Our friend returned with Barge Guy, who had obviously seen it all happen many times before.
“Lucky you didn’t get any further, you guys would have been stuck there for the next week” was his helpful introductory advice to us.
“First things first, that’s an all wheel drive you have there, not a
This, of course, was news to me.
I had simply assumed that because the car had no 4WD gear stick that the advances in modern cars simply meant that the car would automatically switch over to 4WD when required.
How wrong I was.
“You’ve got to drive it fast in the soft sand, too slow and you’ll just get stuck,” came the next pearl of wisdom from our sage.
“Do NOT turn the steering wheel – keep the car going straight at all times. When you get stuck, reverse and go forward and back again. Rock your car out of the sand.”
Following his advice, I tried to do as he suggested, however my earnest attempts to get the car unstuck paradoxically only merely achieved getting the car even further stuck.
Just as things were looking hopeless, a young couple arrived on the scene in a huge behemoth, King of the Road, a true 4WD vehicle. Having arrived at Inskip Point to do a spot of relaxing sea fishing, they were soon running about our stranded vehicle as a 2-person tow team and it was not long before, with all the efficiency and effectiveness of professionals, they had towed me all the way across the beach and practically onto the waiting barge.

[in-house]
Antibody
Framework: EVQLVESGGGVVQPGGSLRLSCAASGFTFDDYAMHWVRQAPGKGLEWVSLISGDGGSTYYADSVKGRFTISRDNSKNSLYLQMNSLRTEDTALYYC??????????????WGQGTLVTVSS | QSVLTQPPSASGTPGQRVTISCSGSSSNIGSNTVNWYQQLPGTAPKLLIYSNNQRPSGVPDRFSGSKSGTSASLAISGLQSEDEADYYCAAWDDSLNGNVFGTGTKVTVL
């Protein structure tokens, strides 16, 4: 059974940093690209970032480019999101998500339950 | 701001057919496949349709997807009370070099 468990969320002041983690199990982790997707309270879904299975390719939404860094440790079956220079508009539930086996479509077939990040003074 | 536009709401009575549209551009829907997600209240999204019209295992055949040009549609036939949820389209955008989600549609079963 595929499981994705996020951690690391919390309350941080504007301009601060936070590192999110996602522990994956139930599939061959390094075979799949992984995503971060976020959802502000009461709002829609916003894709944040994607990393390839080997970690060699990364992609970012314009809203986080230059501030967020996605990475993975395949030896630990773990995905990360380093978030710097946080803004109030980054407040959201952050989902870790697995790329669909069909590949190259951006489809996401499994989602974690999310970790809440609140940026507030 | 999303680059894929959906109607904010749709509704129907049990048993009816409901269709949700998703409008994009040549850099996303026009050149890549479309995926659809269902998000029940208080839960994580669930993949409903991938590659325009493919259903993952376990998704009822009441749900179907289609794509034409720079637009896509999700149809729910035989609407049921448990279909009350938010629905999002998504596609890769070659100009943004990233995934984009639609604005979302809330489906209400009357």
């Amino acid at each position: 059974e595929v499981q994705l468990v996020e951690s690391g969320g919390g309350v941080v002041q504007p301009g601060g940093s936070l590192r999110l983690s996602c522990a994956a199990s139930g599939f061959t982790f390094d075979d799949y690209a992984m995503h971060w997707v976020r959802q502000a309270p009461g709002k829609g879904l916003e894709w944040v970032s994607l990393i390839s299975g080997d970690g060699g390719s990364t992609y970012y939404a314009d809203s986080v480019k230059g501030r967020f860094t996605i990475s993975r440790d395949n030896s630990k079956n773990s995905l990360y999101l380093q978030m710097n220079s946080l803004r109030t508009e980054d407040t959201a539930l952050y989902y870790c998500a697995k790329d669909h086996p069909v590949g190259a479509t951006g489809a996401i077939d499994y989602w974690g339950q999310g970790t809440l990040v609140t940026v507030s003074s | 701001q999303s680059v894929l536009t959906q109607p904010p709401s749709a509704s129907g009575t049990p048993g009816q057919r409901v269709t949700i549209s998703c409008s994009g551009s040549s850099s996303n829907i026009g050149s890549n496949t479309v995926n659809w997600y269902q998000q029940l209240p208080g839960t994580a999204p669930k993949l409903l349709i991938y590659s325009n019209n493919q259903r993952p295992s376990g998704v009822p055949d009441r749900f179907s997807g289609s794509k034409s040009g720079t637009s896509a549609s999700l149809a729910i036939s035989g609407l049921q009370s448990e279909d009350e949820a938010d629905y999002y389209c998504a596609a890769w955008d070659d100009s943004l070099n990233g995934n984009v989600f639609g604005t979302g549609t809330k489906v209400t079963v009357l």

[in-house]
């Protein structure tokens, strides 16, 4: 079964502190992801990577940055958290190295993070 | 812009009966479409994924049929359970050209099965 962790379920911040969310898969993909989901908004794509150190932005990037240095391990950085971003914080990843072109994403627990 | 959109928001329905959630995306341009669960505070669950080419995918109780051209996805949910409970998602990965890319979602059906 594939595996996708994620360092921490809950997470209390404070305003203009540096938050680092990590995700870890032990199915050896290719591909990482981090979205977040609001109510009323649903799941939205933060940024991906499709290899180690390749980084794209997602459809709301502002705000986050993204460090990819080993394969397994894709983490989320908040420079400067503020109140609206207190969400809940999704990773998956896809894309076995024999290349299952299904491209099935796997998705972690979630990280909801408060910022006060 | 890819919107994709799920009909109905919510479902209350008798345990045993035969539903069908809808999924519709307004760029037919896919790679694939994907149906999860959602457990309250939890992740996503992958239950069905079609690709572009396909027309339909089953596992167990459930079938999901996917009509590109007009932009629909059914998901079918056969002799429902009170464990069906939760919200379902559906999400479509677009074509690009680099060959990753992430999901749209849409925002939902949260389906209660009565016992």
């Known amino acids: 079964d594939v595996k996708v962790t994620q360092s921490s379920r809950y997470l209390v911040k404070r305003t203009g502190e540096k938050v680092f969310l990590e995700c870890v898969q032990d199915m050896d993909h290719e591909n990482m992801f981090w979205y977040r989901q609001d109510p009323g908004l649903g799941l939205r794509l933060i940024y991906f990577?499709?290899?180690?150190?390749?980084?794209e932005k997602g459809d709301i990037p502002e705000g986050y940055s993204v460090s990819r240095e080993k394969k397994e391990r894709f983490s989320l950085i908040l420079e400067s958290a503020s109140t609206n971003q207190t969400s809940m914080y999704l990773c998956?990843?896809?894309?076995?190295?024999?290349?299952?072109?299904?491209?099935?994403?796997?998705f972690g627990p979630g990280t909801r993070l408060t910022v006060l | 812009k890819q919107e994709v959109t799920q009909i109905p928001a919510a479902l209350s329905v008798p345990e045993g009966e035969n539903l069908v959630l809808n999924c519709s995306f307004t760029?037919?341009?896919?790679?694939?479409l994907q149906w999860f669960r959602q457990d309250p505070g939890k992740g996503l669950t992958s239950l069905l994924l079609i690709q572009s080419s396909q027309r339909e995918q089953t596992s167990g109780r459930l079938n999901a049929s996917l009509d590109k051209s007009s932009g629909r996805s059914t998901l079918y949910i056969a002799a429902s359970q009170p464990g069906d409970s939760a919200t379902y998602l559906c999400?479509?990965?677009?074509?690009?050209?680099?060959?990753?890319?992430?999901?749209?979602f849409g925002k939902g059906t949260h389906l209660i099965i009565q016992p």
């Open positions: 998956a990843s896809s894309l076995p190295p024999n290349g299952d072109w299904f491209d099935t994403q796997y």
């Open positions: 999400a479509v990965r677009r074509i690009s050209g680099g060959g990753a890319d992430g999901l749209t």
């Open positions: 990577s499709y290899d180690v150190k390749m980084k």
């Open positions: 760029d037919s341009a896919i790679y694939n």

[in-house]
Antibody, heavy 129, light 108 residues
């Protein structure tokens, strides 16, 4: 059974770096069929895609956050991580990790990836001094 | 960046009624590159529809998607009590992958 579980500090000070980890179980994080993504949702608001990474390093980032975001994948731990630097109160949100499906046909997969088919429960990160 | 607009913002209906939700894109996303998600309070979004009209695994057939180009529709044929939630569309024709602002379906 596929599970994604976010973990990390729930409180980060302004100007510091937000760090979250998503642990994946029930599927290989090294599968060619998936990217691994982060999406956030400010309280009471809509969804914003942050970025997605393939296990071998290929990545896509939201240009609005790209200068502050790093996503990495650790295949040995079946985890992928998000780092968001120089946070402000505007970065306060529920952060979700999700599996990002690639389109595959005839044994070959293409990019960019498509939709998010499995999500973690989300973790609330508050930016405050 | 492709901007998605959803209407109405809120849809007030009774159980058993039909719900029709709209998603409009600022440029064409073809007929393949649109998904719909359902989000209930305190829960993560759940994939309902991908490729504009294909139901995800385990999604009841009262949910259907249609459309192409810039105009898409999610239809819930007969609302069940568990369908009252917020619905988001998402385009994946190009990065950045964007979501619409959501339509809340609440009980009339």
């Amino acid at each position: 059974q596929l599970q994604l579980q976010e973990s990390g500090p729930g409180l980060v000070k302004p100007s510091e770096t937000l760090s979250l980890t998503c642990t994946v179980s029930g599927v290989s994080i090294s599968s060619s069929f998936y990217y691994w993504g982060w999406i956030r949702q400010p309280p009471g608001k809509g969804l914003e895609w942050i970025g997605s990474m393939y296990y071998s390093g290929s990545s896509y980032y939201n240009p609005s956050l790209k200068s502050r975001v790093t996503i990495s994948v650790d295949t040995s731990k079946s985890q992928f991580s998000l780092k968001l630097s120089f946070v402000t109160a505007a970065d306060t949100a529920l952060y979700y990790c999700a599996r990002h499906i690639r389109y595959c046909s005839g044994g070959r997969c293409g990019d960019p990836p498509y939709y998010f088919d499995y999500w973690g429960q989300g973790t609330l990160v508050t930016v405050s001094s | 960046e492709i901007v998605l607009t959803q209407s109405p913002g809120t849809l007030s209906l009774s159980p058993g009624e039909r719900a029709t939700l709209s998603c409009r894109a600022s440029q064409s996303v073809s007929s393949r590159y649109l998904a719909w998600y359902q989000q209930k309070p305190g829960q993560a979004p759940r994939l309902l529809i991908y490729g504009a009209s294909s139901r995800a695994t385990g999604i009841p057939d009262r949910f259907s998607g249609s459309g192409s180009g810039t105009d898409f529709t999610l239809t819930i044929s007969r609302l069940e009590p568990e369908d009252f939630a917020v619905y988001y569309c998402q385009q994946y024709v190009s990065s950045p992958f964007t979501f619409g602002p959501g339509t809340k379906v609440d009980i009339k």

Grateful thanks offered, and not to mention a friendly bit of “That’s not a 4WD, it’s an all wheel drive car” bit of advice, which I was already beginning to tire of, we then got onto the waiting barge. To say the whole experience had shaken my two passengers and me would be another understatement of epic proportions. Remember – this was the car belonging to my friend’s father after all.
As we made the short crossing in the barge, the eminent sage that was our barge guy gave us some more advice, including letting more air out of the tyres, which I frantically did as we bounced along in the barge.
“Stay on the hard sand close to the water and you should be fine!” was the last nugget of advice from our friendly barge guy.
Getting off the barge, carefully driving as directed, along the hard sand close to the water, we made our way up along the east coast of the island. We knew that we had to drive for around 30 minutes up the island before reaching some form of civilisation, the first of which was a place called Dilli Village and it was there that we decided we would head inland to find a place to camp for the night and to see more of the island.
Towards the end of the drive, our confidence had returned, or at least mine had, with the beaches on the island proving to be made of stronger stuff than at Inskip Point and right on schedule, we arrived at the exit road to Dilli Village.
It was apparent that the exit roads from the beach were of much softer sand than that which we had been enjoying previously on
Bracing ourselves, we (and yes I’m using the royal sense of the word here) drove off the beach and up the exit road for